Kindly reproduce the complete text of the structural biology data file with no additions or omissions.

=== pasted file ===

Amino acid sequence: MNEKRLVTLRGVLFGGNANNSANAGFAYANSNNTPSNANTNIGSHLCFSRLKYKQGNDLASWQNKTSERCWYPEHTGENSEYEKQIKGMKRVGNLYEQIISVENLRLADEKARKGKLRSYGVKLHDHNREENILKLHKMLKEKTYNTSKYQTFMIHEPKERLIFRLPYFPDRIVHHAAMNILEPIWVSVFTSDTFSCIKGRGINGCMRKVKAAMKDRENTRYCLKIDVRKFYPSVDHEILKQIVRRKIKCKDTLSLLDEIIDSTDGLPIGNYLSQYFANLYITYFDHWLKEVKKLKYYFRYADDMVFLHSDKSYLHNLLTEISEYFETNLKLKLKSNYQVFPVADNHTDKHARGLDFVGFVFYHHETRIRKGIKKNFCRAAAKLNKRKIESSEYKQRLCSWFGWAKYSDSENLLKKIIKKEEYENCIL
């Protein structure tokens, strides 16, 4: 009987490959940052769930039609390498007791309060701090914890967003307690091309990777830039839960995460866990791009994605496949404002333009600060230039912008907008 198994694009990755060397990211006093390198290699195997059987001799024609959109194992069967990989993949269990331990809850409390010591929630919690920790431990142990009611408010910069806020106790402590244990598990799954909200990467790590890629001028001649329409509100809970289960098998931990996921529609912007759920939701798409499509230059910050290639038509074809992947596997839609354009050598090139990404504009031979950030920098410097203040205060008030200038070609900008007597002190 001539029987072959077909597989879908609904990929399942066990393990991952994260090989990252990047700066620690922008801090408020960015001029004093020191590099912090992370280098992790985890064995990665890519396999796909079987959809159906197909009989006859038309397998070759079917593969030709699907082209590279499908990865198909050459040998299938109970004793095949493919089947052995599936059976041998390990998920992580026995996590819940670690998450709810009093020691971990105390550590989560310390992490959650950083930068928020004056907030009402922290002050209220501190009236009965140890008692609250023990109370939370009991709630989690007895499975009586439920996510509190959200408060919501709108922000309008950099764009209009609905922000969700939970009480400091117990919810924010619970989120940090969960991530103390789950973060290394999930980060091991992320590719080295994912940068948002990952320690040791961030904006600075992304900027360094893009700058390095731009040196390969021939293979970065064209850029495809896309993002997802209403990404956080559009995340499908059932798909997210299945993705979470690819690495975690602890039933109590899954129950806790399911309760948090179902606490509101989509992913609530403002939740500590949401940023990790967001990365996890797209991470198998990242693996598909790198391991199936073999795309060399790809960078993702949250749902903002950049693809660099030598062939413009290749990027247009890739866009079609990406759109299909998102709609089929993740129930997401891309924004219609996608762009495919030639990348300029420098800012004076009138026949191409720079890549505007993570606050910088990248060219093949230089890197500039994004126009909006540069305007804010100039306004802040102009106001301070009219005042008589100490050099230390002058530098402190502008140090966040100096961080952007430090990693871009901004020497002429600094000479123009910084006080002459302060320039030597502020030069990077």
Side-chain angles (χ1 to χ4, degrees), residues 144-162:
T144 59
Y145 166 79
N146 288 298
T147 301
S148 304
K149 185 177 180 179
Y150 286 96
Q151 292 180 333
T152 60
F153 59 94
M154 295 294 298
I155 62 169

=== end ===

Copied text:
Amino acid sequence: MNEKRLVTLRGVLFGGNANNSANAGFAYANSNNTPSNANTNIGSHLCFSRLKYKQGNDLASWQNKTSERCWYPEHTGENSEYEKQIKGMKRVGNLYEQIISVENLRLADEKARKGKLRSYGVKLHDHNREENILKLHKMLKEKTYNTSKYQTFMIHEPKERLIFRLPYFPDRIVHHAAMNILEPIWVSVFTSDTFSCIKGRGINGCMRKVKAAMKDRENTRYCLKIDVRKFYPSVDHEILKQIVRRKIKCKDTLSLLDEIIDSTDGLPIGNYLSQYFANLYITYFDHWLKEVKKLKYYFRYADDMVFLHSDKSYLHNLLTEISEYFETNLKLKLKSNYQVFPVADNHTDKHARGLDFVGFVFYHHETRIRKGIKKNFCRAAAKLNKRKIESSEYKQRLCSWFGWAKYSDSENLLKKIIKKEEYENCIL
């Protein structure tokens, strides 16, 4: 009987490959940052769930039609390498007791309060701090914890967003307690091309990777830039839960995460866990791009994605496949404002333009600060230039912008907008 198994694009990755060397990211006093390198290699195997059987001799024609959109194992069967990989993949269990331990809850409390010591929630919690920790431990142990009611408010910069806020106790402590244990598990799954909200990467790590890629001028001649329409509100809970289960098998931990996921529609912007759920939701798409499509230059910050290639038509074809992947596997839609354009050598090139990404504009031979950030920098410097203040205060008030200038070609900008007597002190 001539029987072959077909597989879908609904990929399942066990393990991952994260090989990252990047700066620690922008801090408020960015001029004093020191590099912090992370280098992790985890064995990665890519396999796909079987959809159906197909009989006859038309397998070759079917593969030709699907082209590279499908990865198909050459040998299938109970004793095949493919089947052995599936059976041998390990998920992580026995996590819940670690998450709810009093020691971990105390550590989560310390992490959650950083930068928020004056907030009402922290002050209220501190009236009965140890008692609250023990109370939370009991709630989690007895499975009586439920996510509190959200408060919501709108922000309008950099764009209009609905922000969700939970009480400091117990919810924010619970989120940090969960991530103390789950973060290394999930980060091991992320590719080295994912940068948002990952320690040791961030904006600075992304900027360094893009700058390095731009040196390969021939293979970065064209850029495809896309993002997802209403990404956080559009995340499908059932798909997210299945993705979470690819690495975690602890039933109590899954129950806790399911309760948090179902606490509101989509992913609530403002939740500590949401940023990790967001990365996890797209991470198998990242693996598909790198391991199936073999795309060399790809960078993702949250749902903002950049693809660099030598062939413009290749990027247009890739866009079609990406759109299909998102709609089929993740129930997401891309924004219609996608762009495919030639990348300029420098800012004076009138026949191409720079890549505007993570606050910088990248060219093949230089890197500039994004126009909006540069305007804010100039306004802040102009106001301070009219005042008589100490050099230390002058530098402190502008140090966040100096961080952007430090990693871009901004020497002429600094000479123009910084006080002459302060320039030597502020030069990077």
Side-chain angles (χ1 to χ4, degrees), residues 144-162:
T144 59
Y145 166 79
N146 288 298
T147 301
S148 304
K149 185 177 180 179
Y150 286 96
Q151 292 180 333
T152 60
F153 59 94
M154 295 294 298
I155 62 169